Ukraine Envoy Hopeful About Fate of Musk's Satellite Network

It's working, but for how long?

Tesla and SpaceX CEO Elon Musk arrives on the red carpet for the Axel Springer media award in Berlin on Dec. 1, 2020.
Tesla and SpaceX CEO Elon Musk arrives on the red carpet for the Axel Springer media award in Berlin on Dec. 1, 2020.
Hannibal Hanschke/Pool Photo via AP, File

WASHINGTON (AP) — A Ukrainian diplomat expressed optimism Sunday about securing the money needed for the continued operation of a satellite network funded by billionaire Elon Musk that has provided key battlefield and humanitarian contacts in the war with Russia.

"It's there, it's working," said the envoy, Oksana Markarova. "It will need to be working for a longer time."

She did not indicate whether Musk had agreed to continue funding his rocket company SpaceX's Starlink internet service in Ukraine but said the country's collaboration with the company has been excellent.

"We got the Starlinks in Ukraine very quickly, in some areas for humanitarian support, it's the only connection that we have," Markarova told CBS' "Face the Nation." "And it's very important to continue having it and I'm positive that we will find a solution there."

On Friday, senior U.S. officials confirmed that Musk had asked the Defense Department to take over funding for the service Starlink provides in Ukraine. Starlink, which provides broadband internet service using more than 2,200 low-orbiting satellites, has provided crucial battlefield communications for Ukrainian military forces since early in the nation's defense against Russia's February invasion.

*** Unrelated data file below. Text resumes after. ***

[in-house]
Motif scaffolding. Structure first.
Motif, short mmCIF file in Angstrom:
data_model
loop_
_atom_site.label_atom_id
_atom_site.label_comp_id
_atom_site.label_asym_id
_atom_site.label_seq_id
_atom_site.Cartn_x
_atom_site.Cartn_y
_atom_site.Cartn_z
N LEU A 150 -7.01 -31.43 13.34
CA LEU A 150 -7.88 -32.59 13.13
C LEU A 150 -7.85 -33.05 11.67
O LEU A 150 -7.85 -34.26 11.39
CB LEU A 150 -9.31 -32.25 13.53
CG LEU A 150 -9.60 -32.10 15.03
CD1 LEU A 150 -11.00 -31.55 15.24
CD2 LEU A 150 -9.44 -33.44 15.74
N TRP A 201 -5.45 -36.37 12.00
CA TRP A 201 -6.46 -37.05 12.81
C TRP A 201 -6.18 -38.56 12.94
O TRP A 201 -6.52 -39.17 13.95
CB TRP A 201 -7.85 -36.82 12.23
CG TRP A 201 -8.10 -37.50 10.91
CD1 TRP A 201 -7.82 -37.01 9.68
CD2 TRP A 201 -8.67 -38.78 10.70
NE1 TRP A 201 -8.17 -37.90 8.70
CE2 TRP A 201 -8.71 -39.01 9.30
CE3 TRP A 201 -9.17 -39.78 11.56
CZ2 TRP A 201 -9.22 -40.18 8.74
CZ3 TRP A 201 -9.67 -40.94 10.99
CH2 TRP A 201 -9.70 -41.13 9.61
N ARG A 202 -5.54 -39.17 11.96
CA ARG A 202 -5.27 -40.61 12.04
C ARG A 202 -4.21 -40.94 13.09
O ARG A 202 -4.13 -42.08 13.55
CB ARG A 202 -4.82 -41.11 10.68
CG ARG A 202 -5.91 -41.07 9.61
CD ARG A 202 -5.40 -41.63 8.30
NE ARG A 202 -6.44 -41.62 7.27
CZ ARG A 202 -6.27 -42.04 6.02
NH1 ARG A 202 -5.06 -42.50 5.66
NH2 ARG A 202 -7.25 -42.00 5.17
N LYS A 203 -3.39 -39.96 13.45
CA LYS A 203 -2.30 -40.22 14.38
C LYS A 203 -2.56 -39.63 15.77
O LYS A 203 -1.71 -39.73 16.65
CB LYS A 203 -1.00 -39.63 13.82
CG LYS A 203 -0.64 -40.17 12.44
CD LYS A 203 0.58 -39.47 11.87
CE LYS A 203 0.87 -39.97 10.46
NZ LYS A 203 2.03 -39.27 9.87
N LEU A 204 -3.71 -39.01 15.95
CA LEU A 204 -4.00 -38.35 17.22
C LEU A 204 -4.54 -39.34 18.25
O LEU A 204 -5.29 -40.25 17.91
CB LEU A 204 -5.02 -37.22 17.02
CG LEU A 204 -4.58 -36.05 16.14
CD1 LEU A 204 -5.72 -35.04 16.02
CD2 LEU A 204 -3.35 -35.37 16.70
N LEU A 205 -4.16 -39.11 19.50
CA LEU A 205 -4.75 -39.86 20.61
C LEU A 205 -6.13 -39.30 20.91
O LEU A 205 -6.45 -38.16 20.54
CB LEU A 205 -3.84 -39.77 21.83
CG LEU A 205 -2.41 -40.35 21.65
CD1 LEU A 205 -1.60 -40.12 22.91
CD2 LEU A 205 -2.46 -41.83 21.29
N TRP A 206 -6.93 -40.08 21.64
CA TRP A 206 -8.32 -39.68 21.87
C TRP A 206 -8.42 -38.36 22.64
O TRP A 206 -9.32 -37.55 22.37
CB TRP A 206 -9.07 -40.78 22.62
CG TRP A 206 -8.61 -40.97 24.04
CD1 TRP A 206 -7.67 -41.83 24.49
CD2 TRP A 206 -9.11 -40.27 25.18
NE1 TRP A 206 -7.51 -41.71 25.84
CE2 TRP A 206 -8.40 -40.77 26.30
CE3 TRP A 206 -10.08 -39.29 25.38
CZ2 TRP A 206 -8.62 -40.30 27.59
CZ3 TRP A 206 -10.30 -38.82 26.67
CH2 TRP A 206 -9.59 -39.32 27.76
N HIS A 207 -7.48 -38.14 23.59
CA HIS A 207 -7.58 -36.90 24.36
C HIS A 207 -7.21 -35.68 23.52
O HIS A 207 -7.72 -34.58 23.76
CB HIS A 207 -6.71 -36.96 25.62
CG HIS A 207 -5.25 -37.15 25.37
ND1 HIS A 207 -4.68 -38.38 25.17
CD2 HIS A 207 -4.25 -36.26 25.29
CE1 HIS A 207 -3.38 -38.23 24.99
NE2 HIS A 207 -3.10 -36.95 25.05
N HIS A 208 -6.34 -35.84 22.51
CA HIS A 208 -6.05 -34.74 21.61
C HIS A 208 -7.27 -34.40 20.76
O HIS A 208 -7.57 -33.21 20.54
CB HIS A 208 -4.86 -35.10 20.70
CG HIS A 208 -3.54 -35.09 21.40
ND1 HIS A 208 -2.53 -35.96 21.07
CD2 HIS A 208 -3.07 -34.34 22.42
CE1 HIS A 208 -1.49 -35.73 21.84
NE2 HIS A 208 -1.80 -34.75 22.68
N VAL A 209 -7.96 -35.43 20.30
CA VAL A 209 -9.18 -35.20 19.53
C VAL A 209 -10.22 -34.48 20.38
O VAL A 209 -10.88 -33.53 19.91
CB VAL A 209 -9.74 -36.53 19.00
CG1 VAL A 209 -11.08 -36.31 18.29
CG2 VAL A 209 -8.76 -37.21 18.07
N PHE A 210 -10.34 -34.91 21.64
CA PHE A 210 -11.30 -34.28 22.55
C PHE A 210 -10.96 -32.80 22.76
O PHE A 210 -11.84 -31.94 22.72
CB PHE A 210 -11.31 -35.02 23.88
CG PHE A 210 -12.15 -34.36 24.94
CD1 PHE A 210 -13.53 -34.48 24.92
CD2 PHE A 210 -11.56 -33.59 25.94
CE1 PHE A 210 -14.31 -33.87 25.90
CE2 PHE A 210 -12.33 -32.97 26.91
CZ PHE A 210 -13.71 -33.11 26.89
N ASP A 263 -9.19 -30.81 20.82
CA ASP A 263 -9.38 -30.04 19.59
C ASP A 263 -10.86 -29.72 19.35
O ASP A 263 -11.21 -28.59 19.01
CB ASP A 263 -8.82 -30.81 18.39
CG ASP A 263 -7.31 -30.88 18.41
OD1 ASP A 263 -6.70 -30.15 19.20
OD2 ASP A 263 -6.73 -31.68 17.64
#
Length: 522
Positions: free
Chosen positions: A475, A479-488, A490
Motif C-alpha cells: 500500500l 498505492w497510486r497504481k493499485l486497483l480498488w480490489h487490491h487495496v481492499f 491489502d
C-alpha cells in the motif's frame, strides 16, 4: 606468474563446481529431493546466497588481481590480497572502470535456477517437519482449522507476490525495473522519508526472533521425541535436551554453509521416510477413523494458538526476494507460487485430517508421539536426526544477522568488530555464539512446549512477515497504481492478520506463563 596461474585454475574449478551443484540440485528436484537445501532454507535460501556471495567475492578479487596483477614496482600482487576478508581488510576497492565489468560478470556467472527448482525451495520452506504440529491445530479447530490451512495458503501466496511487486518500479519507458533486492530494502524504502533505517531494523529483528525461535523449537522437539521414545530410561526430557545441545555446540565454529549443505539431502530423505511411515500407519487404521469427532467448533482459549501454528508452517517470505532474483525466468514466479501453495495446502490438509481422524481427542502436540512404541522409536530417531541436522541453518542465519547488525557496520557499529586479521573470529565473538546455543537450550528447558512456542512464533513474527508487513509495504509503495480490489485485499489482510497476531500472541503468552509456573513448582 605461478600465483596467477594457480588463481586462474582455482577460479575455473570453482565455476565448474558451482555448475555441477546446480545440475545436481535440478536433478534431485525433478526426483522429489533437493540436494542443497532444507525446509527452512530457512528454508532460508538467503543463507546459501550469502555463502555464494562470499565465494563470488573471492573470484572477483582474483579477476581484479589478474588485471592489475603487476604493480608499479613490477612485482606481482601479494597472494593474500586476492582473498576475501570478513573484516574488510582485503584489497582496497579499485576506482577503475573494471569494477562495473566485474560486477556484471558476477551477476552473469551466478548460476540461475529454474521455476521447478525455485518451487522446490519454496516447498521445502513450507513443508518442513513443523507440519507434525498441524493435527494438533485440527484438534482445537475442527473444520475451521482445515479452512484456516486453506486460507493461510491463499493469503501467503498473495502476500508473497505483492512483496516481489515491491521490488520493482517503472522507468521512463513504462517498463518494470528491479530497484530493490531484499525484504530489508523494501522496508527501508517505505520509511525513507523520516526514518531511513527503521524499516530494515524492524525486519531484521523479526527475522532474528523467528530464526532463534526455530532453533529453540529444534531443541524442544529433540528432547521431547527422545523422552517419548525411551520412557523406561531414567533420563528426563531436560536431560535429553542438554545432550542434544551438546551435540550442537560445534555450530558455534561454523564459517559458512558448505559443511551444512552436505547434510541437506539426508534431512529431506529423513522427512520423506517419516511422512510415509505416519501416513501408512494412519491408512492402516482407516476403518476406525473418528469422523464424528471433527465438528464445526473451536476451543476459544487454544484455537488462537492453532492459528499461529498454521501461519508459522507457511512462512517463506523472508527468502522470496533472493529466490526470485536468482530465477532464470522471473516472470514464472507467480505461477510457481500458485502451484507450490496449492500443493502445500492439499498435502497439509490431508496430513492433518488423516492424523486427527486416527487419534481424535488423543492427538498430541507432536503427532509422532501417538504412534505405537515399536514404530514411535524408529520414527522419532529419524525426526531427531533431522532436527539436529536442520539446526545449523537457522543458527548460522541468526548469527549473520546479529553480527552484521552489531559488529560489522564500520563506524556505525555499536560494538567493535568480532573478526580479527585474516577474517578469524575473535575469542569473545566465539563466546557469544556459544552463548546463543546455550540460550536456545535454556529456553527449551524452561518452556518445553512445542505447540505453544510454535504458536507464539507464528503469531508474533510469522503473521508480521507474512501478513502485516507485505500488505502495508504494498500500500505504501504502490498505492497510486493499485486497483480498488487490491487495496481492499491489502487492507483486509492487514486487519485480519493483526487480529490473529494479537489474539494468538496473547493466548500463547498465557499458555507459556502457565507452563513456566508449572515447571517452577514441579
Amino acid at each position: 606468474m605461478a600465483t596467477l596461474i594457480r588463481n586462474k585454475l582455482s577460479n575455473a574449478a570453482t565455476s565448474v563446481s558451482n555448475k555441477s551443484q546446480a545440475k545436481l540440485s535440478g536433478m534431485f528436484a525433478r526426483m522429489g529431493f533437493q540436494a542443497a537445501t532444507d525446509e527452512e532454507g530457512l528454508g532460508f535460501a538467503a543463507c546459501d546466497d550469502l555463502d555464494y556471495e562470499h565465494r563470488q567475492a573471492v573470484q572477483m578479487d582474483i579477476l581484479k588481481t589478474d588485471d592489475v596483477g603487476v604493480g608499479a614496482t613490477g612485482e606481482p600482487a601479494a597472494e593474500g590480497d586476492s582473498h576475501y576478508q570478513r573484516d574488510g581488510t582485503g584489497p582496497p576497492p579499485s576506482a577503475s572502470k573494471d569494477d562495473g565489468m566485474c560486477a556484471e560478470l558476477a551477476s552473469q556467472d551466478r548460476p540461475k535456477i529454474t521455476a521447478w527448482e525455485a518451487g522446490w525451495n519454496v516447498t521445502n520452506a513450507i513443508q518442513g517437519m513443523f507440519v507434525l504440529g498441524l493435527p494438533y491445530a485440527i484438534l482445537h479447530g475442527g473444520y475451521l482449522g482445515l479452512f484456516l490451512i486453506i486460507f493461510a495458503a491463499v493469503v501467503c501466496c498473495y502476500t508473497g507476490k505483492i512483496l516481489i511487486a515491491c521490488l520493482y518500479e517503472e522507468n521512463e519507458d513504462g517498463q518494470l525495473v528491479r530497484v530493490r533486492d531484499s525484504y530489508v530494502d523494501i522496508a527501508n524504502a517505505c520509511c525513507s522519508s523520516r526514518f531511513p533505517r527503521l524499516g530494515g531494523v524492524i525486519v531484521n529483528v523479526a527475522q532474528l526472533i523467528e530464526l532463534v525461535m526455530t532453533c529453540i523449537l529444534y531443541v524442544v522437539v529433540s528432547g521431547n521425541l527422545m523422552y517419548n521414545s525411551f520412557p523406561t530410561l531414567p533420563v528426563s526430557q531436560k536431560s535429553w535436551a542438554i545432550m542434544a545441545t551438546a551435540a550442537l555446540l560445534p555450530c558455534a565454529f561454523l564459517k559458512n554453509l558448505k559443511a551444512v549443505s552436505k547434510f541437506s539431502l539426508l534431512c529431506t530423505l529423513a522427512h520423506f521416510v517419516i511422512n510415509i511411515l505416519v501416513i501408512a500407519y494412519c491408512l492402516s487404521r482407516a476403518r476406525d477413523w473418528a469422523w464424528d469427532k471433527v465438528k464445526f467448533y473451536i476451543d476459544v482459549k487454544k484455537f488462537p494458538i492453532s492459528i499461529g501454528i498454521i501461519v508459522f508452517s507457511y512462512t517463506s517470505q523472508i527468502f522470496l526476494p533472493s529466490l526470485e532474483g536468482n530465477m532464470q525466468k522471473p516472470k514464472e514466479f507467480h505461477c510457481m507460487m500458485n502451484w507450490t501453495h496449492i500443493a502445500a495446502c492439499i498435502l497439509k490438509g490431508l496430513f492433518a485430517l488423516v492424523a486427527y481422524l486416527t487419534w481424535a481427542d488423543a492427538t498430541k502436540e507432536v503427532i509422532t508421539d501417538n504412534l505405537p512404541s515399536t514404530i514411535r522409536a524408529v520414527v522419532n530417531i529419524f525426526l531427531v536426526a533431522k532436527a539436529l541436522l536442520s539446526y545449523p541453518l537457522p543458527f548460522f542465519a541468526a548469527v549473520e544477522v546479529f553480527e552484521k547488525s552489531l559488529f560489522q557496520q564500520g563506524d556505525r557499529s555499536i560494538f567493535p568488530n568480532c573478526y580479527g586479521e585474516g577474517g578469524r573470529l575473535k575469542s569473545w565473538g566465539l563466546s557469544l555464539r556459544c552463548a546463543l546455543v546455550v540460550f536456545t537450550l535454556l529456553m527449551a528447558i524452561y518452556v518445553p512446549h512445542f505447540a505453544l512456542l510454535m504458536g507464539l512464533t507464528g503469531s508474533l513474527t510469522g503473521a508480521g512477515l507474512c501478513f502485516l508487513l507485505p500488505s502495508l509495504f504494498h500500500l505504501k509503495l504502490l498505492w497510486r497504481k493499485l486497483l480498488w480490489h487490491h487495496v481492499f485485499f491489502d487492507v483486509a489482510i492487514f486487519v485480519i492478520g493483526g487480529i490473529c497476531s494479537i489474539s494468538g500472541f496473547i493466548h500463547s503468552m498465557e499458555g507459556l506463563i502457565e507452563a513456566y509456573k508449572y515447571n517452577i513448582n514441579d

Musk suggested in a tweet Saturday that SpaceX may continue funding Starlink after all, though his tone and wording also raised the possibility that the Tesla CEO was just being sarcastic. It is not clear whether SpaceX has actually established future plans for service in Ukraine.

"The hell with it … even though Starlink is still losing money & other companies are getting billions of taxpayer $, we'll just keep funding Ukraine govt for free," Musk tweeted Saturday.

Musk also recently has sparred with Ukrainian President Volodymyr Zelenskyy after the billionaire suggested that Ukraine cede the strategically important Crimea region to Russia and make other concessions as part of a peace deal, drawing a rebuke from Zelenskyy.

Musk tweeted on Friday that it was costing SpaceX $20 million a month to support Ukraine's communications needs.

Markarova said Ukraine has "disagreed with Elon Musk on some of his views about Crimea, and we were happy to discuss it with him." She added that Ukraine is proud "to be one of the fastest growing Starlink countries globally."

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